Peter

I am using Office 2003.  It doesn't recognise the file as being a Word document, or in fact any of the file types for which it has input format converters installed.  I sorted out the false error message about the Word 6 decoder so that it doesn't show, but is enabled and would otherwise kick in if Word recognised the contents as being Word 6 formatting.  It wouldn't show a password prompt unless it recognised the contents and the data content in it that had the password stored, but I am curious to see if I can identify which bit of data in the file is the password, just in case it is required later.

Do you think you could attach onother of the *.doc files.  I will do a side-by-side comparison with your other one and see if there are any elements in common (including data holding the password) which might yield some clues.

I have a feeling that the document is simply a "macro" type of script created and used by the software that created it, something like command characters rather than actual text content.  The software may well have used Word as the means to finally display and print the contents after decrypting though.

I don't know whether there is any sense in removing your question from either the "Microsoft Office Suite" or "Microsoft Applications" topics and adding it to the Forensics topic area:
http://www.experts-exchange.com/Security/Digital_Forensics/
Those guys live and breathe this type of thing, and may recognise the layout or content of the data.
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petewinterAuthor Commented:
BillDL - Thanks again for the information and advice.

I have attached another document.

I will also request EE to add this question to the digital forensics.
DIARY.DOC
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GrahamSkanRetiredCommented:
I think I was mistaken about my document being password-protected. When trying to open a password is, indeed, asked for but they are in a zip folder and it seems that it is the folder that is passworded.

The files that have been posted here appear to be text files where every printable character has been replaced with another. The lines are not left to fold but are terminated with carriage return and line feed. It also looks as if the space character has been left intact.

I can see no way that Word will treat them as password-protected Word documents.
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petewinterAuthor Commented:
GrahamSkan - Thanks for the reply. Yes it is looking more obviously that the files are not word  documents and the text shown is the encrypted text and the password option is not available as it is not a word document. I will hopefully get more information regarding the possible file type later this evening.
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BillDLCommented:
Thanks Netminder.  Hopefully some of the forensics experts will be able to help.

Pete

I did a side-by-side comparison on your two attachments (differences and matches).  Unfortunately there is nothing in common between the two other than standard characters like spaces and the "newline" characters.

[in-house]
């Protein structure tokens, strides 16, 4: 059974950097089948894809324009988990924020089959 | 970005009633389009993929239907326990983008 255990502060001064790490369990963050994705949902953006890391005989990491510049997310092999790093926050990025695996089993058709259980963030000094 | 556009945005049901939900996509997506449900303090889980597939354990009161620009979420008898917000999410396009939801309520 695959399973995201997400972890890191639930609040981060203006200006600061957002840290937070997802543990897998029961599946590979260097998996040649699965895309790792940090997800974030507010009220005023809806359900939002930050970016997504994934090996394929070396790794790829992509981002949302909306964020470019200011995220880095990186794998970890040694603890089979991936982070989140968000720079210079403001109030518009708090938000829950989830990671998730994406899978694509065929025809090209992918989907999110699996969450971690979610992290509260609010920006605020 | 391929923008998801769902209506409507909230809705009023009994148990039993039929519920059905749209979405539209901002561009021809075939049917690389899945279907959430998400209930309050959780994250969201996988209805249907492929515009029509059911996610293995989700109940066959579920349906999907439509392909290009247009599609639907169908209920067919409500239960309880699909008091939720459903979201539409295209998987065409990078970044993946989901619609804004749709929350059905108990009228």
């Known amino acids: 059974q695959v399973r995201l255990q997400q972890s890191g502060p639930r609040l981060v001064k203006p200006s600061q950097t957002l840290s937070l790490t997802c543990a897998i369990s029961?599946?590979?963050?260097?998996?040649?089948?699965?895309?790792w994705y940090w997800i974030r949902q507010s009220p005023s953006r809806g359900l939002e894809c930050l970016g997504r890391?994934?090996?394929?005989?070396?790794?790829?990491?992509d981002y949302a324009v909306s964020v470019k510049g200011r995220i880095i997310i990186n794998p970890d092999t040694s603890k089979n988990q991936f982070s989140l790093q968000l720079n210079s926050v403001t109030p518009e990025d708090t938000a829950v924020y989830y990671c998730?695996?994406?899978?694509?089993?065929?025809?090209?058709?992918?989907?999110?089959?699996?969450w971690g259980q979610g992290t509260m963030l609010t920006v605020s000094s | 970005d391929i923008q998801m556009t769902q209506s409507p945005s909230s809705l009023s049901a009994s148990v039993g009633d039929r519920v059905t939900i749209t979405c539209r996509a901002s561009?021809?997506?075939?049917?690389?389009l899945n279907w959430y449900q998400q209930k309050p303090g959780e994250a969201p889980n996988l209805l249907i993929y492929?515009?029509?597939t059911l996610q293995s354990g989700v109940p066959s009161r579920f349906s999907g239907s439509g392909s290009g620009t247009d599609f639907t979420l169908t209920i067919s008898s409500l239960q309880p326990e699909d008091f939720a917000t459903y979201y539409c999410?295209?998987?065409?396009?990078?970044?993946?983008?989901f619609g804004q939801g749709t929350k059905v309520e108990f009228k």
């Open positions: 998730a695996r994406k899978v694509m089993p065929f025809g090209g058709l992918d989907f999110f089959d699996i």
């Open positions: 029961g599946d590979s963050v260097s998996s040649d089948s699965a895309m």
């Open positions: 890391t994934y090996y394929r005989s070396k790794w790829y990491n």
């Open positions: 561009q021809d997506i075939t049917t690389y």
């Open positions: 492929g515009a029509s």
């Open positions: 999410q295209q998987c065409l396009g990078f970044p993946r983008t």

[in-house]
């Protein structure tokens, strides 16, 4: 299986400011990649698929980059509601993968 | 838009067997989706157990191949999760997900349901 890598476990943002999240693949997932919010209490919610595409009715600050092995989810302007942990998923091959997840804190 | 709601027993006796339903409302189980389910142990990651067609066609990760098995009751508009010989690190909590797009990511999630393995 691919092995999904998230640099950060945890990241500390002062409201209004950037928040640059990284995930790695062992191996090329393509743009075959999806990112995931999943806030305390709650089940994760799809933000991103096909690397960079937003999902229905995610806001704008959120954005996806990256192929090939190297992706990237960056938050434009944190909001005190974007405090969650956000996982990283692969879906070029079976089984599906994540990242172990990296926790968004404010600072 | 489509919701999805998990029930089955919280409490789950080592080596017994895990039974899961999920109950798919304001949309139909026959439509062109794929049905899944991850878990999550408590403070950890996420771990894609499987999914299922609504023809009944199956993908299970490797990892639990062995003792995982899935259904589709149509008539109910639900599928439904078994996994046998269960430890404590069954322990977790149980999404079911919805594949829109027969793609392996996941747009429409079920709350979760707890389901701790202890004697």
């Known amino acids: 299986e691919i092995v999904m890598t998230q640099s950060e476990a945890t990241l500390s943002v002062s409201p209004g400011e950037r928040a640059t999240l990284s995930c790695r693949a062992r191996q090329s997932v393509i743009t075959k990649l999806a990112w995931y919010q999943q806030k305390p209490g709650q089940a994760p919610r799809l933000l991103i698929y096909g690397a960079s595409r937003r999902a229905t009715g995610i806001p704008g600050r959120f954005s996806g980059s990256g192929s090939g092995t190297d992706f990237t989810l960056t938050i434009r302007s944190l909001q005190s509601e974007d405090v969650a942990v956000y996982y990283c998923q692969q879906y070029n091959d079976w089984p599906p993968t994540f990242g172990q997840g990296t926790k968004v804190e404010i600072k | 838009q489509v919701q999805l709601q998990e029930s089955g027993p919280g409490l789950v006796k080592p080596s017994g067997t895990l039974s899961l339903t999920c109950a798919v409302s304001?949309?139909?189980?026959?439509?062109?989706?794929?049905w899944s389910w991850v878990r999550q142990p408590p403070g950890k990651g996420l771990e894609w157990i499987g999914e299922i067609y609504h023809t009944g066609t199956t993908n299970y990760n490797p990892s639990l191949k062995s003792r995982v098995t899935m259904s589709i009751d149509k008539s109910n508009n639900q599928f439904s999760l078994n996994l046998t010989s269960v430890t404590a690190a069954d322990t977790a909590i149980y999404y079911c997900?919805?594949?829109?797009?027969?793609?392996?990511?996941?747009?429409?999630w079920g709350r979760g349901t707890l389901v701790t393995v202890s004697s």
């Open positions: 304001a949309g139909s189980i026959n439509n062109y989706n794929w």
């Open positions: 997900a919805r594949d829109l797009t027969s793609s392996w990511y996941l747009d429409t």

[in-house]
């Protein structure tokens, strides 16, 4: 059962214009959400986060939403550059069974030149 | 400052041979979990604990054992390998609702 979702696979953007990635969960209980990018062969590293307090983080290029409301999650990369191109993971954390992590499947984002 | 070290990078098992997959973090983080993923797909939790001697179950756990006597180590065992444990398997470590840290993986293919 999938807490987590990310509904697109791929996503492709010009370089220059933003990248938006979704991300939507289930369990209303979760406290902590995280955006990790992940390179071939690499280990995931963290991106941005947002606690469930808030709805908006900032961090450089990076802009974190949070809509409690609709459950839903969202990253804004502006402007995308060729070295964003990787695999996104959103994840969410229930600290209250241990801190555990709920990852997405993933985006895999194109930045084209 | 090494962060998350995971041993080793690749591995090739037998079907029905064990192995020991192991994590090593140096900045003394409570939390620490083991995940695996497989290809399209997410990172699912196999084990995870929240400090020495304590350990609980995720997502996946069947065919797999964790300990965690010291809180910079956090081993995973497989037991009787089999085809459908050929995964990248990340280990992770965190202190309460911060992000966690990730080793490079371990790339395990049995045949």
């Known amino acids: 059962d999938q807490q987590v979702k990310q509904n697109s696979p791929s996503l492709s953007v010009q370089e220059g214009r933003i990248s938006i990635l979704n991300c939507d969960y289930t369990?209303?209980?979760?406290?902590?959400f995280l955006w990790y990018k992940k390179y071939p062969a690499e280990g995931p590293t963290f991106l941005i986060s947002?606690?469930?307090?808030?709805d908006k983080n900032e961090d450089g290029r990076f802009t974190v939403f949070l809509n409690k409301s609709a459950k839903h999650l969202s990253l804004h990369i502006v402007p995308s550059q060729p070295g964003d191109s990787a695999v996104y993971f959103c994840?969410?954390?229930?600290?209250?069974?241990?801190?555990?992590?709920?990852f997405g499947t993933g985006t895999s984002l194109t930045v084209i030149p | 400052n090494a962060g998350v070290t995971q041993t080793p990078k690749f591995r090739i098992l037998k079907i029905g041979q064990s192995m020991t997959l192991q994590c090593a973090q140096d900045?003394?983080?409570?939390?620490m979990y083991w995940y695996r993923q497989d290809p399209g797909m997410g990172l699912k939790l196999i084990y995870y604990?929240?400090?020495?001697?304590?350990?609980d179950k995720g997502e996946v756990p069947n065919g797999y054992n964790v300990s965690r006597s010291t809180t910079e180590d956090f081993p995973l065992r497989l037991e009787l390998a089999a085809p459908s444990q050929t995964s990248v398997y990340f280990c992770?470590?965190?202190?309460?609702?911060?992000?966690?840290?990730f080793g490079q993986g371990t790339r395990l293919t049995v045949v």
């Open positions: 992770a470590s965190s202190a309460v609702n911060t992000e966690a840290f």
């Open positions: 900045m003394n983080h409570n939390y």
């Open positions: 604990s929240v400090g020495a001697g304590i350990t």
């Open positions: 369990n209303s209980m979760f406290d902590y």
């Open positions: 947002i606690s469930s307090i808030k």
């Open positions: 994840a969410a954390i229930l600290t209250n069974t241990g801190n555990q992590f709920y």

I looked long and hard at the contents, expecially the 2nd longer one, for some patterns or repeating "phrases" in the hope that it might spark some ideas about how the files are encoded or encrypted, but nothing obvious caught my eye.  I have also copied and pasted many of the groups of characters into google in the hope that I could find some other documents using the same layout, but to no avail.

If this is a case of normal letters and numerals being substituted by non-standard alternatives in some form of seimple encryption, then perhaps the forensics experts may have some programs that look for such patterns.

Did you ever see any of your Dad's typed pages up on the screen at any time?

I would imagine that typing with only head movements would have been a very laborious and time consuming exercise, and that economy with words would have been essential.  I am wondering whether the paragraphs would have been of about the same number of characters as there are symbols in the files when viewed in a text editor, or whether the contents available to us are drastically reduced into a form of machine code or shorthand.

The DIARY.DOC file seems to have a main heading which is centred or tabbed in quite a bit, there are what seem to be centred section headings, and it looks as though the start of the new paragraphs are indented in old school layout.

I was thinking about suggesting a real long shot.  Stephen Hawking is English, and around the time he would have needed to use the computer with voice simulator he was appently in Britain.  I wondered whether he might have thrown any light on what computer he was using at the time.  You wouldn't get a response for the reasons detailed on his Contact page, but there is some detail about his Intel-sponsored computer there: http://www.hawking.org.uk/the-computer.html

I see from Wikipedia (three quarters of the way through the 1975 to 1990 section) that "He then received a computer program called the "Equalizer" from Walt Woltosz" and then "a computer engineer, adapted a small computer and attached it to his wheelchair".